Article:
Tue, Feb 06, 2007 - Page 8 News List

`Father of the nation' is an alien construct

By Su Jui-chiang 蘇瑞鏘

Recent media articles claiming that this year's new high-school history textbooks will no longer refer to Sun Yat-sen (孫逸仙) with the title "father of the nation" has sparked attacks from pan-blue camp politicians.

Debate on this issue needs to be considered within the context of "hero construction." As sociologist Erving Goffman once said, in some respects, we are all man-made and revered national leaders are of course just the same. In his book The Fabrication of Luis XIV, the British historian Peter Burke demonstrated how French king Louis XIV's public image was constructed, propagated and accepted.

Sun is very similar to Louis in this respect. At the time of the Republic of China's (ROC) founding in 1912, Sun wasn't immediately named "father of the nation." It wasn't until his death in 1925 that military commander Fan Zhongxiu (樊鍾秀) began referring to Sun as such.

In 1940, the Chinese Nationalist Party (KMT) government approved a resolution to call him "father of the nation" and issued a decree that the rest of China would use the same title of respect. It took almost 30 years after the founding of the republic and more than a decade of KMT rule for the government to officially name Sun "father of the nation."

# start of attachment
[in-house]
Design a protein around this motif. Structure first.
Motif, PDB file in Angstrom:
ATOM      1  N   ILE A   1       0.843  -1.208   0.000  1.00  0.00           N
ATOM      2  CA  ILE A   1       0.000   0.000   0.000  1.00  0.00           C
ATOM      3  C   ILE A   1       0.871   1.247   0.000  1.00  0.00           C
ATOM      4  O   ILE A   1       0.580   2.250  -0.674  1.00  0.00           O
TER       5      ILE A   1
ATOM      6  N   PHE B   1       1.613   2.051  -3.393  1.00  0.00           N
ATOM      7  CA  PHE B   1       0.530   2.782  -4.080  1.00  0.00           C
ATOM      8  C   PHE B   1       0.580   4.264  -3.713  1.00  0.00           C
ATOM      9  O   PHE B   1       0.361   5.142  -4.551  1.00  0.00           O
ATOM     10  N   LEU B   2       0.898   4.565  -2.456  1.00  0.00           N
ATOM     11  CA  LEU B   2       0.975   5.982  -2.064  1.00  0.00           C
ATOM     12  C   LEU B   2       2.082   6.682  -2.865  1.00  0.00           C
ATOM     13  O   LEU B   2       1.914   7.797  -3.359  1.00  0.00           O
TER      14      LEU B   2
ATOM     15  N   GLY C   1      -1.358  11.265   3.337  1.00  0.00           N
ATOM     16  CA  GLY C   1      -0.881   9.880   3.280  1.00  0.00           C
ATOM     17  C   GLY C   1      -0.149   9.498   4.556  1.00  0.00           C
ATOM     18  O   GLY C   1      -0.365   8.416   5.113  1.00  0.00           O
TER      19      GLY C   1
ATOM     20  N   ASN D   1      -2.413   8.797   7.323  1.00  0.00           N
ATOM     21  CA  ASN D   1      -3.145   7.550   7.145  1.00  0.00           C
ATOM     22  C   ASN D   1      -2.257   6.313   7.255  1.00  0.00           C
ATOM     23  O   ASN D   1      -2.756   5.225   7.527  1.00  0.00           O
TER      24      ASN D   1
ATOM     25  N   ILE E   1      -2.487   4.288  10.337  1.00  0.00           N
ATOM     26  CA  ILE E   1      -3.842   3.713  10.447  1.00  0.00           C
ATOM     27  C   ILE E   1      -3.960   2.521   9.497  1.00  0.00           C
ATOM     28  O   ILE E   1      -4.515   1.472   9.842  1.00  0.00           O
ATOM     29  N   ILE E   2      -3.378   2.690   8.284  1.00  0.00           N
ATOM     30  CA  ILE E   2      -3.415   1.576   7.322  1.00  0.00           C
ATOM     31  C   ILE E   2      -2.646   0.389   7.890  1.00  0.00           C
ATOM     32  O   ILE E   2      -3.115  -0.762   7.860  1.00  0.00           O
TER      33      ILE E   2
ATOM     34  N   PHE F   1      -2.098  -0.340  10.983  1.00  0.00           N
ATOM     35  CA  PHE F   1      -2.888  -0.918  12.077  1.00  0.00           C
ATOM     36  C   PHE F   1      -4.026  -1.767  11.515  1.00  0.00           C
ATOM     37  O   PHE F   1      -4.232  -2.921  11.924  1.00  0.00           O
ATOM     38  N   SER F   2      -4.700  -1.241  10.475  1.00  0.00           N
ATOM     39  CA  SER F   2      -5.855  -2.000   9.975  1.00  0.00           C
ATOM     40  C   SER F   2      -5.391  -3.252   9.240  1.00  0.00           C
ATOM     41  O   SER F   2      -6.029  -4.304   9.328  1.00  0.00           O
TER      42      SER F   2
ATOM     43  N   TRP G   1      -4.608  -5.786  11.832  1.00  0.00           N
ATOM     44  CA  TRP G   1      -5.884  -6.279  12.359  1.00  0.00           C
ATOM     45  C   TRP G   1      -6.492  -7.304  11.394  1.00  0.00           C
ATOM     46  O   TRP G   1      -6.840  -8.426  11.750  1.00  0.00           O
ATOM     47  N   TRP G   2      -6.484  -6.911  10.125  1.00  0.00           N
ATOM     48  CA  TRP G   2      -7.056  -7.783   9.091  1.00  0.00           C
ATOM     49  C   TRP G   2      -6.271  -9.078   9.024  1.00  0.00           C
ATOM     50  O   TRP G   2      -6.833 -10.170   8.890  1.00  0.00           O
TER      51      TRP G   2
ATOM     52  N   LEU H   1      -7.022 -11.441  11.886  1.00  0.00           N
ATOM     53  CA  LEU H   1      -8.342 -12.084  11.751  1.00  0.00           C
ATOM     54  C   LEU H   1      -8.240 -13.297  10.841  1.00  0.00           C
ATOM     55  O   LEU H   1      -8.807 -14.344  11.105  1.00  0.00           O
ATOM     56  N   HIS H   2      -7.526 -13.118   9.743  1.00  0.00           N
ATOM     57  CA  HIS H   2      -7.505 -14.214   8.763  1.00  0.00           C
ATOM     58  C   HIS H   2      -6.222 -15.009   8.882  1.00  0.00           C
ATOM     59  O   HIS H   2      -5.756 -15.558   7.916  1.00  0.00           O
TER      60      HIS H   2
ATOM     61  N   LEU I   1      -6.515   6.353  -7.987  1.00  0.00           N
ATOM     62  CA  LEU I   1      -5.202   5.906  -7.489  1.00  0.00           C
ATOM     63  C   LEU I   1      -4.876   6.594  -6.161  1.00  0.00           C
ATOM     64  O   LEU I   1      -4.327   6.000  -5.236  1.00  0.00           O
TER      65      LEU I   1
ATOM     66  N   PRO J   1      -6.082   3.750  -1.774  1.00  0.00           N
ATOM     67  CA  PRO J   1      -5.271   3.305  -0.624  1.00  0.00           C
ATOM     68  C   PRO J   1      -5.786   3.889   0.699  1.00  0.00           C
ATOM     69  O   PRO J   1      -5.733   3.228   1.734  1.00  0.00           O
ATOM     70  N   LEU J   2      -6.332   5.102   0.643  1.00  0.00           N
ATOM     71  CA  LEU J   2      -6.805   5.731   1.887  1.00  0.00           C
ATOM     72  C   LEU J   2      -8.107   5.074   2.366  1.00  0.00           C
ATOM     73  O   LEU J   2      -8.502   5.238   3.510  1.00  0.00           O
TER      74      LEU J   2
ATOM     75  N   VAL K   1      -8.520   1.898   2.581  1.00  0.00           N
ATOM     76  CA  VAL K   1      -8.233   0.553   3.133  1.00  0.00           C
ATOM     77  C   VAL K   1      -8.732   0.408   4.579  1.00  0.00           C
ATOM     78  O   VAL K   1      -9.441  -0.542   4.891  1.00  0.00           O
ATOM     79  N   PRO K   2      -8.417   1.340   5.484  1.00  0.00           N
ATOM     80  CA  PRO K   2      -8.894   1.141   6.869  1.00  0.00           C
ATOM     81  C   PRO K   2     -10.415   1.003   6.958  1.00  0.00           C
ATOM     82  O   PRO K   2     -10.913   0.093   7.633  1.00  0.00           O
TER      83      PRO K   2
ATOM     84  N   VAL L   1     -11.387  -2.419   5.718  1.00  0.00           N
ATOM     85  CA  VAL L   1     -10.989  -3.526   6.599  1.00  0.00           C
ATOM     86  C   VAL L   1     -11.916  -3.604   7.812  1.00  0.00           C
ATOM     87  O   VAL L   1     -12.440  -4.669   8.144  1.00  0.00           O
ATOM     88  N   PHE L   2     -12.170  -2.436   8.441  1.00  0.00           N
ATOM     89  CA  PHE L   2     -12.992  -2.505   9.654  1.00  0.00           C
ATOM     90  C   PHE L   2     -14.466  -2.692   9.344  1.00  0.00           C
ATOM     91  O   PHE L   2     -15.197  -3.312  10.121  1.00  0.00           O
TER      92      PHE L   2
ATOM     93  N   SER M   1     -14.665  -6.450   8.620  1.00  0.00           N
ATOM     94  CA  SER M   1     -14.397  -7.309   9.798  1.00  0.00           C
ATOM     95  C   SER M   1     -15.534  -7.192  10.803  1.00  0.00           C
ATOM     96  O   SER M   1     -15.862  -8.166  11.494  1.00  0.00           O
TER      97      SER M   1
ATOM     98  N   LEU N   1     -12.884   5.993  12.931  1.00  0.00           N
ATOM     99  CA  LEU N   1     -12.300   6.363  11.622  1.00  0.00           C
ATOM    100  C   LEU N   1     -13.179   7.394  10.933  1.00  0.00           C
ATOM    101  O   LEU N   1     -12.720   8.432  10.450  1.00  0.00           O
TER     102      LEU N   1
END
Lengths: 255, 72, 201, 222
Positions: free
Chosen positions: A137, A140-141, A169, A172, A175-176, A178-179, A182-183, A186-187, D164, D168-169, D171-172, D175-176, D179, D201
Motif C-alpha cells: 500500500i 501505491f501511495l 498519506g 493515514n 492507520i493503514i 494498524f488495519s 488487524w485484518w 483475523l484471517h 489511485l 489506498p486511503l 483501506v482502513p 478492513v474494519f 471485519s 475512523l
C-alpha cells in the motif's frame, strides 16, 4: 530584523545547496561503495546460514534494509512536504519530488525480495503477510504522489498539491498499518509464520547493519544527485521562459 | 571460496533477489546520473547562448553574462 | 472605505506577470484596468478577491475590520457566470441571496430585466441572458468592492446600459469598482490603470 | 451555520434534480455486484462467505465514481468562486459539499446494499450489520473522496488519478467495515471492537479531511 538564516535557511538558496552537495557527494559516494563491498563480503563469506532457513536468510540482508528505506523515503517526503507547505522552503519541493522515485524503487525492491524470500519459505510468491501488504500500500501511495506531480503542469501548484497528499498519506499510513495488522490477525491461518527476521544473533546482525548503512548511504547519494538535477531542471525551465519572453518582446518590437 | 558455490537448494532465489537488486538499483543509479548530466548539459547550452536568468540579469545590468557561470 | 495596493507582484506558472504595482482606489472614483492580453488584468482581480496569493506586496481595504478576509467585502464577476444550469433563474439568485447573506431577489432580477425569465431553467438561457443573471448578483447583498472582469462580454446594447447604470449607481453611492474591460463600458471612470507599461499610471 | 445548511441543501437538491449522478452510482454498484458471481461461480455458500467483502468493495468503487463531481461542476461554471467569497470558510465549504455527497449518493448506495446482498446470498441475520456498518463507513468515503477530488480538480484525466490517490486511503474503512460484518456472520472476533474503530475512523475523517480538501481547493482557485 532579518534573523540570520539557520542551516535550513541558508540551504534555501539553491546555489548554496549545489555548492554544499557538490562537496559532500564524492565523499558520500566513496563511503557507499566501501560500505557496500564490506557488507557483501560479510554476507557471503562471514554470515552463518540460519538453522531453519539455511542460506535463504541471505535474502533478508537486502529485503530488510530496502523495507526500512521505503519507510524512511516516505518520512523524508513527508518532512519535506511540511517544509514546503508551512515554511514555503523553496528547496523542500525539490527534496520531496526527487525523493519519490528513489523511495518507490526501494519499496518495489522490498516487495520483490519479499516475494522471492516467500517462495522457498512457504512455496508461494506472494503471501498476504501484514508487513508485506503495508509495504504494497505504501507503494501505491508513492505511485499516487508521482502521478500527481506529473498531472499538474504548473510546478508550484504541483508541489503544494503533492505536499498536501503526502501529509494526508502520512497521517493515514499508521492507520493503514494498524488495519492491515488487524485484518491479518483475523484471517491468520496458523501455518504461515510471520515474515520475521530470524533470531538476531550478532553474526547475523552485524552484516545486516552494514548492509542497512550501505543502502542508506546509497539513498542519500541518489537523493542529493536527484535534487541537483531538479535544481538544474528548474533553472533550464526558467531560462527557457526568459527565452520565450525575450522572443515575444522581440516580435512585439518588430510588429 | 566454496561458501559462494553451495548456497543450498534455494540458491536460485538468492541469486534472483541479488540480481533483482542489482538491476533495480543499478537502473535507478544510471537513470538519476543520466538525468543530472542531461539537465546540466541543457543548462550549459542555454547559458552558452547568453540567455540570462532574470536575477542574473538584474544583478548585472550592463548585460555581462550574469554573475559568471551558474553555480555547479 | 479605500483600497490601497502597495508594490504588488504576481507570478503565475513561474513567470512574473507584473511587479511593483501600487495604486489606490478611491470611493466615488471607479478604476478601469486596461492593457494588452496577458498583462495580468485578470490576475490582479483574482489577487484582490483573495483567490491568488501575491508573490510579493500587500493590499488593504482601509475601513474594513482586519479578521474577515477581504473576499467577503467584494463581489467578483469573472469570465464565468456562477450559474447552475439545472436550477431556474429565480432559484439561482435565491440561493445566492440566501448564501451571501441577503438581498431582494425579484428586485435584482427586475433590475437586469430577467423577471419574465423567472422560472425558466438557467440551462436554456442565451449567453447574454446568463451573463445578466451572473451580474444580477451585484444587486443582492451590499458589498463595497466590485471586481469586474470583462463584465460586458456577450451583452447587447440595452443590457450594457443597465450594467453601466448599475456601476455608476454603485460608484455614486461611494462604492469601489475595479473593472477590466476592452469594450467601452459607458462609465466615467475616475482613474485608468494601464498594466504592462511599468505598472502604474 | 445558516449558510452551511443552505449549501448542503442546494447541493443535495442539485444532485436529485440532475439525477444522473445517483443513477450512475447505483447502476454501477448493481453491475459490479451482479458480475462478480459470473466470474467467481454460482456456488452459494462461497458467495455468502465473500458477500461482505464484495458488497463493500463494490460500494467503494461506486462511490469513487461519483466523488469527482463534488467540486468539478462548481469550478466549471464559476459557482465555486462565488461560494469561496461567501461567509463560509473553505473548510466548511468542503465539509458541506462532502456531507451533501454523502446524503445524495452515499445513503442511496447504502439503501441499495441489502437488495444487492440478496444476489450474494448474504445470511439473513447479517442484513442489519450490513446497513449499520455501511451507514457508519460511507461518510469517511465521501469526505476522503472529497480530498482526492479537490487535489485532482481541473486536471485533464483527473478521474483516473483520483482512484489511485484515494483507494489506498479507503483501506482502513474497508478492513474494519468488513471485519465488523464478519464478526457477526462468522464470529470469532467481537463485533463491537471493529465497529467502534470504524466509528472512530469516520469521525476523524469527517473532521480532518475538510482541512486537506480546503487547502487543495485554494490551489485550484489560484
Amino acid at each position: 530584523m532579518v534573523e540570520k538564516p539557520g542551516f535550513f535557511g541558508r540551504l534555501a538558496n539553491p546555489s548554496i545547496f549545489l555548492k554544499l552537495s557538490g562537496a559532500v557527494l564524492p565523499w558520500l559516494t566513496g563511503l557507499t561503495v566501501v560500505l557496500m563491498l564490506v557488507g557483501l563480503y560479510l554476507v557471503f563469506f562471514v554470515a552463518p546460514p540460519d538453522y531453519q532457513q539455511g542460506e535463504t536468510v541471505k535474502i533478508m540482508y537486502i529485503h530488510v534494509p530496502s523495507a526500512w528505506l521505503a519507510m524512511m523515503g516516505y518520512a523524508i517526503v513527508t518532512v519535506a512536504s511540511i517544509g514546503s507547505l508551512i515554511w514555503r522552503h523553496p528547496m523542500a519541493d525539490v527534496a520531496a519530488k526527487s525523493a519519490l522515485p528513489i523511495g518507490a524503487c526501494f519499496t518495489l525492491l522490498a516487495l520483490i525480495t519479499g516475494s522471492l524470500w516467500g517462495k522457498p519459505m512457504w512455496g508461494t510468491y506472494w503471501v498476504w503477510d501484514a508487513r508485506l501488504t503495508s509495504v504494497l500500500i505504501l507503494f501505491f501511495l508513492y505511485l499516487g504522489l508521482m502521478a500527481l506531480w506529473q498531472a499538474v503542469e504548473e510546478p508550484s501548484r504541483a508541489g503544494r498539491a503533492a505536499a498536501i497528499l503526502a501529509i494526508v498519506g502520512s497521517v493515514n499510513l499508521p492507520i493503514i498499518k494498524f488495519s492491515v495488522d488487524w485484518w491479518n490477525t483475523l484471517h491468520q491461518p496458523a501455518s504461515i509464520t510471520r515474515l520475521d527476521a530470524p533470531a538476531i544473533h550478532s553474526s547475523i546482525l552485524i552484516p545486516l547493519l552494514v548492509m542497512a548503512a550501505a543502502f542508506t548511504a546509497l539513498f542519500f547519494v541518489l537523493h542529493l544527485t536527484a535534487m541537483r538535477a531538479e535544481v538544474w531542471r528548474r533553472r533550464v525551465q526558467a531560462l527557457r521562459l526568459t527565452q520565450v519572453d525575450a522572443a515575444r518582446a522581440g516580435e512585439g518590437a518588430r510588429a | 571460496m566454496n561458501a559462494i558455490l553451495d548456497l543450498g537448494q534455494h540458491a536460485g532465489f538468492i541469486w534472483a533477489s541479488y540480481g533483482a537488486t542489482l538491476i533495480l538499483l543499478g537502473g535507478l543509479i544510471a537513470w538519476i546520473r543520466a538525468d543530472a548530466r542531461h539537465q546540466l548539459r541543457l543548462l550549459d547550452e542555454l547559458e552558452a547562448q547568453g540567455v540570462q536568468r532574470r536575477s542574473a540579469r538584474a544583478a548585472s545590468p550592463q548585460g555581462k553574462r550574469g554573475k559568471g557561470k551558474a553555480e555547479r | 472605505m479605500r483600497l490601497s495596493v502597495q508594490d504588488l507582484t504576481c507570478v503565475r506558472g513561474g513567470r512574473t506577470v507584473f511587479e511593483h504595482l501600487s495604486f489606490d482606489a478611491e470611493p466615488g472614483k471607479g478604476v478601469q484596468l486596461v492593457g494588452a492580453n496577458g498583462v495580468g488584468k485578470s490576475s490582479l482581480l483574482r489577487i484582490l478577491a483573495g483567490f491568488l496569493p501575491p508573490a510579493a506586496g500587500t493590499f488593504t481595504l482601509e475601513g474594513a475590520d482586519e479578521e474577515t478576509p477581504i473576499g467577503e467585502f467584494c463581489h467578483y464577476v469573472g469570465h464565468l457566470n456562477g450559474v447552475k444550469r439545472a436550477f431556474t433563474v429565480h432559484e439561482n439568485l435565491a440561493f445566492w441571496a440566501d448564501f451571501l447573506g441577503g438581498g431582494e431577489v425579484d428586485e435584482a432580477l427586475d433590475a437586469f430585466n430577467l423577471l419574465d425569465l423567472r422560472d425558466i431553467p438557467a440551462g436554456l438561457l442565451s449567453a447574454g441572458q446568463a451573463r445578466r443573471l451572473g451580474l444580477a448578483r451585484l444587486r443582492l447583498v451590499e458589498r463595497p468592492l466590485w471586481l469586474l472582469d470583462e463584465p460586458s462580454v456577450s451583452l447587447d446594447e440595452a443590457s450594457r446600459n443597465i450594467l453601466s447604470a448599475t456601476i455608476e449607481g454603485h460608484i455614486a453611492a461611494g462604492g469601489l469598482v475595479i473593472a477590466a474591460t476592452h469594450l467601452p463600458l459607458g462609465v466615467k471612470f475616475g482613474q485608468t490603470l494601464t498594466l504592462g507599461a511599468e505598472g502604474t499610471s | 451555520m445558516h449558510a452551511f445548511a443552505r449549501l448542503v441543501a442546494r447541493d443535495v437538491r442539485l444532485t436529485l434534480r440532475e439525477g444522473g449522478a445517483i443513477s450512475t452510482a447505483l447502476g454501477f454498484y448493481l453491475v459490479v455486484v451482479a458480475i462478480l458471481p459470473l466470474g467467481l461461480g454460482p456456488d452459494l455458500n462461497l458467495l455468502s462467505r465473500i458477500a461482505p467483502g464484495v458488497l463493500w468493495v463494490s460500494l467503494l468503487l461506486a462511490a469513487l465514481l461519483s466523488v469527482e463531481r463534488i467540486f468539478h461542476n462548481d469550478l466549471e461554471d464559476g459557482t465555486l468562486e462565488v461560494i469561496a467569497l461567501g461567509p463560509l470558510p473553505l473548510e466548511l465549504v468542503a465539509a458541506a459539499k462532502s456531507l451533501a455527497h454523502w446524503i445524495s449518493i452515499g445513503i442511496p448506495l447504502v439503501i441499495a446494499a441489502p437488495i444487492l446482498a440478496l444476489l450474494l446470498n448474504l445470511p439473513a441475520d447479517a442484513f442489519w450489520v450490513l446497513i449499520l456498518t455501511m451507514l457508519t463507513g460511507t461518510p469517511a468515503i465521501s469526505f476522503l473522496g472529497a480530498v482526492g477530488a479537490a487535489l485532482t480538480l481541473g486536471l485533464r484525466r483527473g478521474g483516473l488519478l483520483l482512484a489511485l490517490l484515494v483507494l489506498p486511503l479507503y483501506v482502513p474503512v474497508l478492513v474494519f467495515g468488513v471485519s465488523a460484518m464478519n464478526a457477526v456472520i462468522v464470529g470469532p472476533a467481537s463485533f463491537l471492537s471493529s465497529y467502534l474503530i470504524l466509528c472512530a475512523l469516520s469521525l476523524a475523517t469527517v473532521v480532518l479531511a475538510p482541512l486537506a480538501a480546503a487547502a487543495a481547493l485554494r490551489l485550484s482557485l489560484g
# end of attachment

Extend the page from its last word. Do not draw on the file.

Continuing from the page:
Sun wouldn't officially be named the father of Taiwan until after the KMT took control of the island in 1945.

Chronologically speaking, Taiwan's annexation by Japan occurred in 1895, thus preceding the founding of the ROC. Geographically speaking, the ROC wasn't established in Taiwan and in terms of its people, most Taiwanese today or their elders never took part in the founding and building of the ROC.

Sun's position as "father of the nation" in Taiwan is therefore clearly a product of the KMT regime. In light of the controversy over the legal grounds on which the ROC took control of Taiwan -- the Cairo Declaration versus the Treaty of San Francisco -- calling Sun the "father of the nation" in Taiwanese textbooks could in fact become an even bigger controversy.

Ceasing to refer to Sun as "father of the nation" in textbooks will give him a more fitting place, allow us to move into the future and create space for more diverse discussion between teachers and students. Pan-blue camp legislators need not worry too much over whether teachers will decide to teach that Sun was "father of the nation" or not.

Su Jui-chiang is a history teacher at Changhua Senior High School.

Translated by Marc Langer

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